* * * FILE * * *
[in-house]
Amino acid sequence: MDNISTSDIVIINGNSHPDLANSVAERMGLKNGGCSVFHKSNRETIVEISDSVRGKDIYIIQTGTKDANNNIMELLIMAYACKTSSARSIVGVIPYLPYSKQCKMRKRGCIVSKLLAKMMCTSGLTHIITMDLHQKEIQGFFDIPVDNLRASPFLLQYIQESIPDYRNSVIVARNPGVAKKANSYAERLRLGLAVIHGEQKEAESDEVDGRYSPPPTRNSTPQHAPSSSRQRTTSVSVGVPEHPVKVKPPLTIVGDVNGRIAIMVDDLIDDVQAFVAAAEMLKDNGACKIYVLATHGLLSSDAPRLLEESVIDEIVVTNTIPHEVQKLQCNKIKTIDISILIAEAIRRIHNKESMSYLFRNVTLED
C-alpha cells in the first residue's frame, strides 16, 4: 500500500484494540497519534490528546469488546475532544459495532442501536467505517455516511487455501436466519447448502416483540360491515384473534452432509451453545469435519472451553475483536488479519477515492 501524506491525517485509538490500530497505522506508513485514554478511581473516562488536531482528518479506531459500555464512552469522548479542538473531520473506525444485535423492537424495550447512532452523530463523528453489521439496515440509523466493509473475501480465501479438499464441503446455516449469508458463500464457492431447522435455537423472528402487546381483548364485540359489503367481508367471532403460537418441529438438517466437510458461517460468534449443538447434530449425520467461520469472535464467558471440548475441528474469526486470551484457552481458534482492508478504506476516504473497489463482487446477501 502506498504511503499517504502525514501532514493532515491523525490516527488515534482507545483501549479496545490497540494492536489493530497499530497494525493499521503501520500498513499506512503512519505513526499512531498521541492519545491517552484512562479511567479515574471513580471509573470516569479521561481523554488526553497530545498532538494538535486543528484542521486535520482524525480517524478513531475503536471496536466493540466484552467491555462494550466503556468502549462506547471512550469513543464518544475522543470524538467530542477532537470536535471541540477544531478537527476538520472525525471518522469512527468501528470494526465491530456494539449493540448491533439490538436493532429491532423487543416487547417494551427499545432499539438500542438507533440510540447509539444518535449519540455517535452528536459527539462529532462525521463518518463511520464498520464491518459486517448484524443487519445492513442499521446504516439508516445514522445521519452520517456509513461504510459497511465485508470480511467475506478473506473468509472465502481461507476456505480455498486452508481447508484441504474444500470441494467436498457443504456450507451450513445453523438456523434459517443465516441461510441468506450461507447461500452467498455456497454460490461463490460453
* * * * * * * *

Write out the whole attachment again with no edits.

[in-house]
Amino acid sequence: MDNISTSDIVIINGNSHPDLANSVAERMGLKNGGCSVFHKSNRETIVEISDSVRGKDIYIIQTGTKDANNNIMELLIMAYACKTSSARSIVGVIPYLPYSKQCKMRKRGCIVSKLLAKMMCTSGLTHIITMDLHQKEIQGFFDIPVDNLRASPFLLQYIQESIPDYRNSVIVARNPGVAKKANSYAERLRLGLAVIHGEQKEAESDEVDGRYSPPPTRNSTPQHAPSSSRQRTTSVSVGVPEHPVKVKPPLTIVGDVNGRIAIMVDDLIDDVQAFVAAAEMLKDNGACKIYVLATHGLLSSDAPRLLEESVIDEIVVTNTIPHEVQKLQCNKIKTIDISILIAEAIRRIHNKESMSYLFRNVTLED
C-alpha cells in the first residue's frame, strides 16, 4: 500500500484494540497519534490528546469488546475532544459495532442501536467505517455516511487455501436466519447448502416483540360491515384473534452432509451453545469435519472451553475483536488479519477515492 501524506491525517485509538490500530497505522506508513485514554478511581473516562488536531482528518479506531459500555464512552469522548479542538473531520473506525444485535423492537424495550447512532452523530463523528453489521439496515440509523466493509473475501480465501479438499464441503446455516449469508458463500464457492431447522435455537423472528402487546381483548364485540359489503367481508367471532403460537418441529438438517466437510458461517460468534449443538447434530449425520467461520469472535464467558471440548475441528474469526486470551484457552481458534482492508478504506476516504473497489463482487446477501 502506498504511503499517504502525514501532514493532515491523525490516527488515534482507545483501549479496545490497540494492536489493530497499530497494525493499521503501520500498513499506512503512519505513526499512531498521541492519545491517552484512562479511567479515574471513580471509573470516569479521561481523554488526553497530545498532538494538535486543528484542521486535520482524525480517524478513531475503536471496536466493540466484552467491555462494550466503556468502549462506547471512550469513543464518544475522543470524538467530542477532537470536535471541540477544531478537527476538520472525525471518522469512527468501528470494526465491530456494539449493540448491533439490538436493532429491532423487543416487547417494551427499545432499539438500542438507533440510540447509539444518535449519540455517535452528536459527539462529532462525521463518518463511520464498520464491518459486517448484524443487519445492513442499521446504516439508516445514522445521519452520517456509513461504510459497511465485508470480511467475506478473506473468509472465502481461507476456505480455498486452508481447508484441504474444500470441494467436498457443504456450507451450513445453523438456523434459517443465516441461510441468506450461507447461500452467498455456497454460490461463490460453